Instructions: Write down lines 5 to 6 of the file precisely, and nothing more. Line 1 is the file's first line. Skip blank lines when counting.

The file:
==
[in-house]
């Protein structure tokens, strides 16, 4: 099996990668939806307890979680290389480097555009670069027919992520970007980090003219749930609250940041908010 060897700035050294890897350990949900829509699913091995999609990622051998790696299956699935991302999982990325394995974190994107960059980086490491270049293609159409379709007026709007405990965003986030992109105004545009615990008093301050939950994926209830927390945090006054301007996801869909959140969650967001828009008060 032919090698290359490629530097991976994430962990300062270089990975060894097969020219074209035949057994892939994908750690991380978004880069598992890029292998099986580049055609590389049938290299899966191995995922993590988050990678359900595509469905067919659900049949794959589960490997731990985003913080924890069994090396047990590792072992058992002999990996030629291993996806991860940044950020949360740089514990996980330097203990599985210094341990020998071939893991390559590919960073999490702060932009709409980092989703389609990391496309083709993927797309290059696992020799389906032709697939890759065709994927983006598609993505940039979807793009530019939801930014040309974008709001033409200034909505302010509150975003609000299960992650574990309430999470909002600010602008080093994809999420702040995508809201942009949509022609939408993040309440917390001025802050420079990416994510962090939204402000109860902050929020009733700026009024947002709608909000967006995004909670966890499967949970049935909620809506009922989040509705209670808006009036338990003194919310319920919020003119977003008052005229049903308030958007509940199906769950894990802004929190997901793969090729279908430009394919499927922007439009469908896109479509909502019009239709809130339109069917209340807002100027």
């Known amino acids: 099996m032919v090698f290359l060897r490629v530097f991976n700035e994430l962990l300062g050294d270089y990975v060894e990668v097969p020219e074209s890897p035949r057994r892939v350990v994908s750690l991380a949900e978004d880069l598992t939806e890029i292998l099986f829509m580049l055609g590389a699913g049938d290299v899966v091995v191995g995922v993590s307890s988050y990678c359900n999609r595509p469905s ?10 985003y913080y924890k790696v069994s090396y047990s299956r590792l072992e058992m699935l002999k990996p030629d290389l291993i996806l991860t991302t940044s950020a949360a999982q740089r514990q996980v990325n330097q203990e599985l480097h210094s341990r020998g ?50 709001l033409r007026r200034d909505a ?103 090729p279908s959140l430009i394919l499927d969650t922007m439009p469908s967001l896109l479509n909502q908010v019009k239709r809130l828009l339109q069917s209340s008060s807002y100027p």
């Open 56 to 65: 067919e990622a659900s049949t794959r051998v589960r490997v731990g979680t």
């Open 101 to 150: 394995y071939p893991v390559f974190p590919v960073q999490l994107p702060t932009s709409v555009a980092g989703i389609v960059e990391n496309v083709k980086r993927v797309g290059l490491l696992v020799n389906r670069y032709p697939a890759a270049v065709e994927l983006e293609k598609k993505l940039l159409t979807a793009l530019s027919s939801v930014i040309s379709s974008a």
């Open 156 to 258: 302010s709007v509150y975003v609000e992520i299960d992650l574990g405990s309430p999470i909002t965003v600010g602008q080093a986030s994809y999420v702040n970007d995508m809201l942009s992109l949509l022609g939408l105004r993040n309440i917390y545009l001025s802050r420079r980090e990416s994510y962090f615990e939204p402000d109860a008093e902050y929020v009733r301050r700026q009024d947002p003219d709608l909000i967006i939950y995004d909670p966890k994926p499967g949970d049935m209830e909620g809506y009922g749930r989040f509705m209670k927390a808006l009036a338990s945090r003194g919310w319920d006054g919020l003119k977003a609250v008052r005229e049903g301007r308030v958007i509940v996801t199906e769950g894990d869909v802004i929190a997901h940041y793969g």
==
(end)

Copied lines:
């Open 101 to 150: 394995y071939p893991v390559f974190p590919v960073q999490l994107p702060t932009s709409v555009a980092g989703i389609v960059e990391n496309v083709k980086r993927v797309g290059l490491l696992v020799n389906r670069y032709p697939a890759a270049v065709e994927l983006e293609k598609k993505l940039l159409t979807a793009l530019s027919s939801v930014i040309s379709s974008a």
């Open 156 to 258: 302010s709007v509150y975003v609000e992520i299960d992650l574990g405990s309430p999470i909002t965003v600010g602008q080093a986030s994809y999420v702040n970007d995508m809201l942009s992109l949509l022609g939408l105004r993040n309440i917390y545009l001025s802050r420079r980090e990416s994510y962090f615990e939204p402000d109860a008093e902050y929020v009733r301050r700026q009024d947002p003219d709608l909000i967006i939950y995004d909670p966890k994926p499967g949970d049935m209830e909620g809506y009922g749930r989040f509705m209670k927390a808006l009036a338990s945090r003194g919310w319920d006054g919020l003119k977003a609250v008052r005229e049903g301007r308030v958007i509940v996801t199906e769950g894990d869909v802004i929190a997901h940041y793969g």